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The Robotics And Rehabilitation (RoAR) Lab is focused on developing innovative robots and methods to help humans relearn, restore, or improve functional movements. The lab is housed both in Engineering and Medical campuses of Columbia University. Led by Dr. Sunil Agrawal, the lab works actively with clinical faculty from Columbia University Medical Center and hospitals around New York city. Human studies have targeted elderly subjects and patients with stroke, cerebral palsy, spinal cord injury, Parkinson’s disease, ALS, and others.

Research Projects

Cable-driven Systems

Robots are designed which are controlled by wires (or cables) in tension. A variety of fundamental questions in terms of design, workspace, control, human training have been addressed.

Differential Flatness

Classes of nonlinear dynamic systems can be transformed to linear and controllable forms using static and dynamic feedback.  These structures often arise in dynamic equations of open and closed-chain robots, mobile vehicles, and chemical reactors. In some cases, the dynamic equations of a system may not naturally be in a differentially flat form. However, one can redesign a system through geometry and inertia distribution to make it in a differentially flat form.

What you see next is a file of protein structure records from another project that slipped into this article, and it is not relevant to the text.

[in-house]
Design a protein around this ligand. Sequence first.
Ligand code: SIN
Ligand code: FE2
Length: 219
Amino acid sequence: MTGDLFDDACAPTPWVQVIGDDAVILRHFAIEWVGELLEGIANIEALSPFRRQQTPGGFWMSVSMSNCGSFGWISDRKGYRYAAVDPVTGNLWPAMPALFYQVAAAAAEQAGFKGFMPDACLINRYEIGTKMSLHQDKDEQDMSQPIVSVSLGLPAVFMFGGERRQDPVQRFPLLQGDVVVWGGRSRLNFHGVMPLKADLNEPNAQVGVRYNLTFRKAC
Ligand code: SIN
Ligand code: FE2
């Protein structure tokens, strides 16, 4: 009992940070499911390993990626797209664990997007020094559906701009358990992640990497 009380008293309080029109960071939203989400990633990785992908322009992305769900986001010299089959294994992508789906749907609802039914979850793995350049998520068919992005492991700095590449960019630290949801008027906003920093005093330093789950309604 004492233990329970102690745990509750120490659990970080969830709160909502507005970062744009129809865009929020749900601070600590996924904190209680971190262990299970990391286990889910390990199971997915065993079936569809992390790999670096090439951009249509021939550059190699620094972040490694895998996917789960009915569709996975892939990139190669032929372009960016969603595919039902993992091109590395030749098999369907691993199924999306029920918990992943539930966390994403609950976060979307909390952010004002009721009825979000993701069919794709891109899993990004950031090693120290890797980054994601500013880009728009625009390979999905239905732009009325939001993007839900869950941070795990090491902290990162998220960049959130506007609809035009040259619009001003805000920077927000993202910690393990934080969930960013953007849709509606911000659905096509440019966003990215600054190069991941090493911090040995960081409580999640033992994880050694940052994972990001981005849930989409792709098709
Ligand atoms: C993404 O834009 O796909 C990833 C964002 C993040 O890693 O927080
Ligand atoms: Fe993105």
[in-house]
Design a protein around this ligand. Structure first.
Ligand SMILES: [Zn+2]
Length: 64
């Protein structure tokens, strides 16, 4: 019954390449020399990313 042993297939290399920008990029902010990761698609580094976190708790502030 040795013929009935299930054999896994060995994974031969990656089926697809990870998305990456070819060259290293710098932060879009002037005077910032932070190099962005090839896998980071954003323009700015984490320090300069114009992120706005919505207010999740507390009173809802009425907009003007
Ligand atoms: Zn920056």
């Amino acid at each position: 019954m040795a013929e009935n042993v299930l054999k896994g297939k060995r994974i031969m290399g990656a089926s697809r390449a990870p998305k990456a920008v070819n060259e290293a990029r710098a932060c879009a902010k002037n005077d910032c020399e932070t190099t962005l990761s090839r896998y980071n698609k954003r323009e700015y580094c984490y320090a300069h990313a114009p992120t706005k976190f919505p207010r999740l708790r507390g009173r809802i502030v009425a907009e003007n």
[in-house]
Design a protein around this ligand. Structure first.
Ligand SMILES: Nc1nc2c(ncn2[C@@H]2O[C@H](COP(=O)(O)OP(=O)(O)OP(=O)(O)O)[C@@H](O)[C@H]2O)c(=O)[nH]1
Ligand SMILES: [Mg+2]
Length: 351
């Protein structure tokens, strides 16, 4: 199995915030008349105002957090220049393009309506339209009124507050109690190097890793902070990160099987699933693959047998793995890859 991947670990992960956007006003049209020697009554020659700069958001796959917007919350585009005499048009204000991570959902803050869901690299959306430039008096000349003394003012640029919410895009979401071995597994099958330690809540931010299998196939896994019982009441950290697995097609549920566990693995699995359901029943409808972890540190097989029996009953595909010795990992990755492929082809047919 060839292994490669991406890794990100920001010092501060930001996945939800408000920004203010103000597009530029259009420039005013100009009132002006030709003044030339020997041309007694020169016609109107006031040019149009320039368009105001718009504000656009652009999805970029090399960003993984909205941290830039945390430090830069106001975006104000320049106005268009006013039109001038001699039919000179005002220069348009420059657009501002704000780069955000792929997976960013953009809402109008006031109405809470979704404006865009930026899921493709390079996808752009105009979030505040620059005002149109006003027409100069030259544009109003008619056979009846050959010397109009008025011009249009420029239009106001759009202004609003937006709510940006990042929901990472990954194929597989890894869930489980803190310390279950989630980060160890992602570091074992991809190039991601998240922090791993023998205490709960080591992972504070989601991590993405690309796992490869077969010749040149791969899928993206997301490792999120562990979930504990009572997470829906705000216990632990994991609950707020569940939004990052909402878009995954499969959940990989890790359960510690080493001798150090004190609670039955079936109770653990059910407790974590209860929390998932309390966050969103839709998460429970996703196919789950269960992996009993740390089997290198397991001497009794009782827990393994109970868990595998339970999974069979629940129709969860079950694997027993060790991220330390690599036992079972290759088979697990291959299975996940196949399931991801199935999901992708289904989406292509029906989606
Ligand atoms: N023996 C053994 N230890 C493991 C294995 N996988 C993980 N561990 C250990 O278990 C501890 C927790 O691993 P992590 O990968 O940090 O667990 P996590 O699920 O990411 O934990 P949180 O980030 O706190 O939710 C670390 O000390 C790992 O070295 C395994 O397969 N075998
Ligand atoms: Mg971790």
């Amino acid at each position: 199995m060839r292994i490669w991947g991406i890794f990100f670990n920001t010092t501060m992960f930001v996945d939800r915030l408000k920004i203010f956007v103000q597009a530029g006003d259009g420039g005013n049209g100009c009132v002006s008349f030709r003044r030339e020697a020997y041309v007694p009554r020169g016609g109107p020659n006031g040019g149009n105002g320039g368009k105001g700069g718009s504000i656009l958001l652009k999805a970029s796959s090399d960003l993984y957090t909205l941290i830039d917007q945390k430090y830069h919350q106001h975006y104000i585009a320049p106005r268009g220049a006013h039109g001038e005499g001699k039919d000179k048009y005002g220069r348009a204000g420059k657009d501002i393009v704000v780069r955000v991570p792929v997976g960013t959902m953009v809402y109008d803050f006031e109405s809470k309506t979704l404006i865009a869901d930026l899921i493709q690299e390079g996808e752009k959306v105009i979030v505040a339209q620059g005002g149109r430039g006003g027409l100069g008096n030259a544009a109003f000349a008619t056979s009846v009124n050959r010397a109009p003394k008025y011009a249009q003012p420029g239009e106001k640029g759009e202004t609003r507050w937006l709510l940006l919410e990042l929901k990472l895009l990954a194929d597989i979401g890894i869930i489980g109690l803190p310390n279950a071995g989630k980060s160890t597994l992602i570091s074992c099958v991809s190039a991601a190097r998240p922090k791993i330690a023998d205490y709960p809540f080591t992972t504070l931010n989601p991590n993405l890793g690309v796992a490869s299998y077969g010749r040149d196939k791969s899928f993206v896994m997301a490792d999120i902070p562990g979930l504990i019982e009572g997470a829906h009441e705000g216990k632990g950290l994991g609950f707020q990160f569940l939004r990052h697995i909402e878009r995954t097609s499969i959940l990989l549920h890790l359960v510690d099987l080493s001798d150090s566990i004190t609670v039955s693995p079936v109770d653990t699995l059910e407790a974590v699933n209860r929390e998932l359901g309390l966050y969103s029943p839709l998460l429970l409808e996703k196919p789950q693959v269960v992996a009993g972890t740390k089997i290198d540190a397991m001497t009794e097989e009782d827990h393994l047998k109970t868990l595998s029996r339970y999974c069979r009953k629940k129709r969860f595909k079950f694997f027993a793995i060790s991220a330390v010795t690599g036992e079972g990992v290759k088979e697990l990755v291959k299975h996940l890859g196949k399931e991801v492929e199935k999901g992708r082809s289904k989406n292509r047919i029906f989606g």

Recent Publication

News

A poster entitled "A Novel Dynamic Neck Brace for ALS Patients: Characterizing EMGs during Synchronized Neck Motion" was presented at 28th International Symposium on ALS/MND in Boston during Dec 8-10

The paper described movement and muscle characteristics of 10 ALS patients and 10 age-matched healthy subjects. This data was collected at Eleanor and Lou Gehrig ALS center at Columbia University using the novel neck brace designed at ROAR laboratory. Other studies are also being currently performed using this neck brace at Helen Hayes Medical Center in New York.